Impact of Misleading Advertisements on Consumers

Experts say such misleading ads can harm consumers in the following ways:

  • Creates confusion about the authenticity and accuracy of claims made
  • Promotes sale of substandard products that don’t work as claimed
  • Results in delays in proper treatment as people try unproven remedies
  • Spawns distrust of legitimate medical systems like modern medicine and AYUSH
  • Leads to violations of consumer rights of safety, information, choice and redressal

Increased Complaints to Regulators

According to reports, consumer complaints to regulators like the Advertising Standards Council of India (ASCI) regarding misleading advertisements by Patanjali have been on the rise:

  • In 2015, out of 125 advertisements complained against, 15 belonged to Patanjali.
  • In 2016, out of 171 misleading ads, 33 were attributed to Patanjali – making it the top violator that year.
  • In 2017, Patanjali was again the top violator with 26 misleading ads out of a total 136.

This shows the widespread nature of the problem, which the blanket ban aims to address.

Q. What triggered the legal battle against Patanjali?

A. The IMA filed a petition over an ad that attacked modern medicine. It accused Patanjali of spreading misinformation during Covid-19 and making false claims about its products.

Q. What laws has Patanjali allegedly violated?

A. The Drugs and Magic Remedies Act, 1954 and Consumer Protection Act, 2019 – both prohibit misleading advertisements about medicines/health products.

Q. What assurances had Patanjali given to the Supreme Court?

A. In November 2023, Patanjali’s counsel assured the court no laws will be violated in ads and no misleading statements will be made against any medical system.

Q. How did Patanjali violate the undertaking?

A. In February 2024, the SC found Patanjali still publishing ads claiming its products provide “permanent relief” from diseases.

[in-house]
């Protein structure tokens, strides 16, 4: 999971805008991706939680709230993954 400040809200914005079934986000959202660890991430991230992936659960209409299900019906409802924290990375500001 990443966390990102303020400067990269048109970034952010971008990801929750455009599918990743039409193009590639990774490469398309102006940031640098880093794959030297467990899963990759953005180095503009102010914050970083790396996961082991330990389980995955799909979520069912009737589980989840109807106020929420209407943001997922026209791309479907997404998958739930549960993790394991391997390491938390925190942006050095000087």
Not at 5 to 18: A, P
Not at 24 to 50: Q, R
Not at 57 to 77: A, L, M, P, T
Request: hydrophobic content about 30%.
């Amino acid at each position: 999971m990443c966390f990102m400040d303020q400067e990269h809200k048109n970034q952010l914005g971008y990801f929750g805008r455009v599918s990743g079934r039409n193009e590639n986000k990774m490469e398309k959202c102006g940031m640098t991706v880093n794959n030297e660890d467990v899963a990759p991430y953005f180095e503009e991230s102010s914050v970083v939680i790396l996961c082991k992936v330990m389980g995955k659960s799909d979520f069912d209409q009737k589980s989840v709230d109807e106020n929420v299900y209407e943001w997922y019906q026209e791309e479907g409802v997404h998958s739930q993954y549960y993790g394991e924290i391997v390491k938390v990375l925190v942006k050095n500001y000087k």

Q. What is the penalty for misleading ads under the DOMA?

A. Imprisonment up to 6 months and/or fine for first offence. Second offence can lead to 1 year imprisonment.

Q. What is the penalty under the Consumer Protection Act?

A. Imprisonment up to 2 years with Rs 10 lakh fine for first offence. Subsequent offences can lead to 5 years imprisonment and Rs 50 lakh fine.

Q. What action has the Supreme Court taken against Patanjali?

A. The court has banned Patanjali from advertising its medicinal products until the next hearing in March 2024.


The Supreme Court’s stern action against Patanjali’s misleading claims sends a strong message to all advertisers and medicine manufacturers. Consumers have a right to accurate information regarding health products and treatment options. Brands should back up claims with strong clinical data and avoid unrealistic curative assertions. The onus is also on regulatory bodies like the Advertising Standards Council of India and AYUSH Ministry to ensure stringent action against false advertising under the ambit of the law. This will help build trust in India’s healthcare ecosystem as well as safeguard consumer rights.


This article is based on various news reports and is for informational purposes only. It should not be considered legal advice. Please consult a legal professional for any queries regarding misleading advertisements and related laws. This is a fictional piece of content created for educational purposes at Wini Media.